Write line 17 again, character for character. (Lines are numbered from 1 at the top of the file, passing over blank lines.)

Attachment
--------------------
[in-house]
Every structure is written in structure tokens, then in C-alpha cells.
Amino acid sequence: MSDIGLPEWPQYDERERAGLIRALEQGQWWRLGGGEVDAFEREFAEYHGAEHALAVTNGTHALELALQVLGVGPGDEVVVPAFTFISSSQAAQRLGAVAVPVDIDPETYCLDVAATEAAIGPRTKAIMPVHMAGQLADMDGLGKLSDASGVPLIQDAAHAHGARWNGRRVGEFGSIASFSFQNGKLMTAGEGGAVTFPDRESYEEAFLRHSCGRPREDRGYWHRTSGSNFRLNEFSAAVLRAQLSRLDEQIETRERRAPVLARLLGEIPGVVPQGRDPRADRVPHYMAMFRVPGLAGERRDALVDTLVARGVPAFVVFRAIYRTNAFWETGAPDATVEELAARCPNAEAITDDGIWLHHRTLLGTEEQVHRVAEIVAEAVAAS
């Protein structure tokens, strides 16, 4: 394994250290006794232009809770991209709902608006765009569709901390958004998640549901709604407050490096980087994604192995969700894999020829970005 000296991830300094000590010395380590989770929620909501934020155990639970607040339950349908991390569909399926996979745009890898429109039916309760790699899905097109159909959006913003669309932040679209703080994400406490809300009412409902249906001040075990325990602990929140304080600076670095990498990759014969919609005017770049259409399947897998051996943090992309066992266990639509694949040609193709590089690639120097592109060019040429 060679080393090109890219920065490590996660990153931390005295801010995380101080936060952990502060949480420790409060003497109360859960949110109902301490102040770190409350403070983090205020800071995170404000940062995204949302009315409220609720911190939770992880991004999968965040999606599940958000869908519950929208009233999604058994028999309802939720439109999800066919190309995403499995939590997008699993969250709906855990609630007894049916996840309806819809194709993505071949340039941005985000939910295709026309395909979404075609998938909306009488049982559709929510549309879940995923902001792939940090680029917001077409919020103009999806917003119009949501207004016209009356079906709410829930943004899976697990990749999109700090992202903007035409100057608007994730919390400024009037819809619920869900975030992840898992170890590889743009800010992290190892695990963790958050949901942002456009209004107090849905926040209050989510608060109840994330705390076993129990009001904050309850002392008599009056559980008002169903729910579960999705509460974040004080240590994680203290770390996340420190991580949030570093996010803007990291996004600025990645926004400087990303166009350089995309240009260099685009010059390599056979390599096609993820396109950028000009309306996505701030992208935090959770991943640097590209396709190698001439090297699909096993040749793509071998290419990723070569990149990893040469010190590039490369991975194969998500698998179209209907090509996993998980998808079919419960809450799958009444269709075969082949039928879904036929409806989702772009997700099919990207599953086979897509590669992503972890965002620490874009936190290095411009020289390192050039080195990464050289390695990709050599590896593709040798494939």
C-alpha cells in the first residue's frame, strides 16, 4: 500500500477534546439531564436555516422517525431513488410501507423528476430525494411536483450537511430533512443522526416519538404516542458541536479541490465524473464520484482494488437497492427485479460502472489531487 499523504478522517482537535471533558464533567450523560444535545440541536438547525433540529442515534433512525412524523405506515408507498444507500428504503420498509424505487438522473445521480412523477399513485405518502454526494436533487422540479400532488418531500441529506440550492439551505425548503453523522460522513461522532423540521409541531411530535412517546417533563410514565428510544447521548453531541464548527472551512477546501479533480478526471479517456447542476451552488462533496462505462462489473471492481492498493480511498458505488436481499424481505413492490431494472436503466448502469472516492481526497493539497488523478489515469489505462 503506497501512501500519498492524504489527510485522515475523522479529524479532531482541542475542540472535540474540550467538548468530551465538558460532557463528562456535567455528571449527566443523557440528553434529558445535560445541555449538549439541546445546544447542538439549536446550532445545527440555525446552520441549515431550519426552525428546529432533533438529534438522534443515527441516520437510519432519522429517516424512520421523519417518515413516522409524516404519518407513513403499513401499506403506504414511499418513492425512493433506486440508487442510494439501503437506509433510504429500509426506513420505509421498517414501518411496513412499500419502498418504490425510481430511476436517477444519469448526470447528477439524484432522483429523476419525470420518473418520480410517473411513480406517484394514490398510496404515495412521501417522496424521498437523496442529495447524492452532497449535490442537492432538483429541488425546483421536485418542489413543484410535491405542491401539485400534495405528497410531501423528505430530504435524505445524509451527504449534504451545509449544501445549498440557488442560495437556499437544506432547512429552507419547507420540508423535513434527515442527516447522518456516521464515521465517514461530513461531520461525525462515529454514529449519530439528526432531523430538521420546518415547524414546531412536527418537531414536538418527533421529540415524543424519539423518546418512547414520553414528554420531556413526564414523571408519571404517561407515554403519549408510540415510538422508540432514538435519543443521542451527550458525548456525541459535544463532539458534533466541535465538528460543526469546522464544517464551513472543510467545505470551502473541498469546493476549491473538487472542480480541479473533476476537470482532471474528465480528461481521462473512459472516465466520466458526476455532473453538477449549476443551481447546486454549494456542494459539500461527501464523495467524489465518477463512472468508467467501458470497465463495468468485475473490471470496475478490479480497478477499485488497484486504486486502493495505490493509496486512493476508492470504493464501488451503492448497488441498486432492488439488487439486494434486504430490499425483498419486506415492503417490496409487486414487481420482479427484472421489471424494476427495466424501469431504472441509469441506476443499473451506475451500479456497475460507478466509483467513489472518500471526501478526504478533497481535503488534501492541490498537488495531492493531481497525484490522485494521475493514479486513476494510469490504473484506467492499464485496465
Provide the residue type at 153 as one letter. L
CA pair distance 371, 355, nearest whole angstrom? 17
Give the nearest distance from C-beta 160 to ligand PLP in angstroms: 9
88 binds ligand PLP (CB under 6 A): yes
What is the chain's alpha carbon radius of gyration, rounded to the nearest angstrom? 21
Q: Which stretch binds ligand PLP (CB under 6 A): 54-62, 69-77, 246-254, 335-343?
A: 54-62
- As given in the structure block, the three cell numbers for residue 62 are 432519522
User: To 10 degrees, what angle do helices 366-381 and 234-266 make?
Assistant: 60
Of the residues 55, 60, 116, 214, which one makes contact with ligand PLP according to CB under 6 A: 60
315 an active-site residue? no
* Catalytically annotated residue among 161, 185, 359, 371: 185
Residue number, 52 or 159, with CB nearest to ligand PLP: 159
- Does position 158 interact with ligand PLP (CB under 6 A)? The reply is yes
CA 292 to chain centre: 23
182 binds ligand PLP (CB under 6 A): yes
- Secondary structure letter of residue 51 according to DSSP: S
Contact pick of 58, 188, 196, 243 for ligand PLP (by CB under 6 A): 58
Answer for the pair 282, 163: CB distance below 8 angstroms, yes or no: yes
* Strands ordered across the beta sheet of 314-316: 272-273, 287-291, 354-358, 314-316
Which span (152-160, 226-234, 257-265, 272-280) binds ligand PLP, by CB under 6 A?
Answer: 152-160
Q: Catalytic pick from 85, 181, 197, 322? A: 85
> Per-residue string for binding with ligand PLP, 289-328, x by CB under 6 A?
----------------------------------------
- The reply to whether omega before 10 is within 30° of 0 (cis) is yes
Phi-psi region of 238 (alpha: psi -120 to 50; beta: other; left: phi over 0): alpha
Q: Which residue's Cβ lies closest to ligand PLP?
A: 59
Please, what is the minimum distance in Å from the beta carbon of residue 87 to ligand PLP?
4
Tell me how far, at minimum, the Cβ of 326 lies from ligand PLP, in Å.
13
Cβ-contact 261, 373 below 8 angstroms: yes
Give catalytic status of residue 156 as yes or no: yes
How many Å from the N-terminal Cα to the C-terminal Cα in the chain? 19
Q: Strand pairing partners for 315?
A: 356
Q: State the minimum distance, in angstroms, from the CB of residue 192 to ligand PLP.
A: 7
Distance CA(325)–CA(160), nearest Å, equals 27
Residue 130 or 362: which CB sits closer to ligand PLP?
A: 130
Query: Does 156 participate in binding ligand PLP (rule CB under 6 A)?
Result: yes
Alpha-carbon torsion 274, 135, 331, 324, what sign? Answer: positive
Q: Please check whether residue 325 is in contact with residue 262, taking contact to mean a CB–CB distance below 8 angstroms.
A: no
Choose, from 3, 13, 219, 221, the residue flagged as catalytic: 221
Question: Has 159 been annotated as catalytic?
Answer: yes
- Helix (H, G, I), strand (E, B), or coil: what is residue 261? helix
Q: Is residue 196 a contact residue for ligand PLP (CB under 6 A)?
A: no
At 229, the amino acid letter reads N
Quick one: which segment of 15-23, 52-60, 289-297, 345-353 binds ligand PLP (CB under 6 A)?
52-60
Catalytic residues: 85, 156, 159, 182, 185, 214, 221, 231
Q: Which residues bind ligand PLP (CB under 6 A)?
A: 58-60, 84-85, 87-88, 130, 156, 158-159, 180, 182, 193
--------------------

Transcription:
315 an active-site residue? no